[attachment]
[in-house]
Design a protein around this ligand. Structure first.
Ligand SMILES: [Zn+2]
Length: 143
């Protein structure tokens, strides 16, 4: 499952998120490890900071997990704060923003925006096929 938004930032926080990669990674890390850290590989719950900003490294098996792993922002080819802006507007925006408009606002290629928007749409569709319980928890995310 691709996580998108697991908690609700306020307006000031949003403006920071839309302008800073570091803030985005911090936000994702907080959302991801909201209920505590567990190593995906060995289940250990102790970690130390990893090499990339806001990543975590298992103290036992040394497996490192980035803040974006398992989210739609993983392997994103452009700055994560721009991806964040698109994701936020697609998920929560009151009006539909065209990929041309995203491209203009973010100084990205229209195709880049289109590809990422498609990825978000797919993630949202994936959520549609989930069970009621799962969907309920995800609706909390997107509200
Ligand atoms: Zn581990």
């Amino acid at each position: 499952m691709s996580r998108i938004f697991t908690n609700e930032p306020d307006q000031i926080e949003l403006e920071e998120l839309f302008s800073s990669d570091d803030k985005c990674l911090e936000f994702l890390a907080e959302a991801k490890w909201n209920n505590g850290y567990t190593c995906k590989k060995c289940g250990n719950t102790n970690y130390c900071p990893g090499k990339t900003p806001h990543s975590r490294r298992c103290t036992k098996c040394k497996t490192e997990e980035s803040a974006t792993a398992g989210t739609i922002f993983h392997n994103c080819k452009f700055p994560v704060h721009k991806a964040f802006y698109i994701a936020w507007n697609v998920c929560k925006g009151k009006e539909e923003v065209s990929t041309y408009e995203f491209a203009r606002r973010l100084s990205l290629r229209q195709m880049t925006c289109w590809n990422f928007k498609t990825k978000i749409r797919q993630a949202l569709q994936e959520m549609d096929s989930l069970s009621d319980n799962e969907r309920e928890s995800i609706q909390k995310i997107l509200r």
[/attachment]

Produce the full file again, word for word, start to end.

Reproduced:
[in-house]
Design a protein around this ligand. Structure first.
Ligand SMILES: [Zn+2]
Length: 143
């Protein structure tokens, strides 16, 4: 499952998120490890900071997990704060923003925006096929 938004930032926080990669990674890390850290590989719950900003490294098996792993922002080819802006507007925006408009606002290629928007749409569709319980928890995310 691709996580998108697991908690609700306020307006000031949003403006920071839309302008800073570091803030985005911090936000994702907080959302991801909201209920505590567990190593995906060995289940250990102790970690130390990893090499990339806001990543975590298992103290036992040394497996490192980035803040974006398992989210739609993983392997994103452009700055994560721009991806964040698109994701936020697609998920929560009151009006539909065209990929041309995203491209203009973010100084990205229209195709880049289109590809990422498609990825978000797919993630949202994936959520549609989930069970009621799962969907309920995800609706909390997107509200
Ligand atoms: Zn581990």
């Amino acid at each position: 499952m691709s996580r998108i938004f697991t908690n609700e930032p306020d307006q000031i926080e949003l403006e920071e998120l839309f302008s800073s990669d570091d803030k985005c990674l911090e936000f994702l890390a907080e959302a991801k490890w909201n209920n505590g850290y567990t190593c995906k590989k060995c289940g250990n719950t102790n970690y130390c900071p990893g090499k990339t900003p806001h990543s975590r490294r298992c103290t036992k098996c040394k497996t490192e997990e980035s803040a974006t792993a398992g989210t739609i922002f993983h392997n994103c080819k452009f700055p994560v704060h721009k991806a964040f802006y698109i994701a936020w507007n697609v998920c929560k925006g009151k009006e539909e923003v065209s990929t041309y408009e995203f491209a203009r606002r973010l100084s990205l290629r229209q195709m880049t925006c289109w590809n990422f928007k498609t990825k978000i749409r797919q993630a949202l569709q994936e959520m549609d096929s989930l069970s009621d319980n799962e969907r309920e928890s995800i609706q909390k995310i997107l509200r």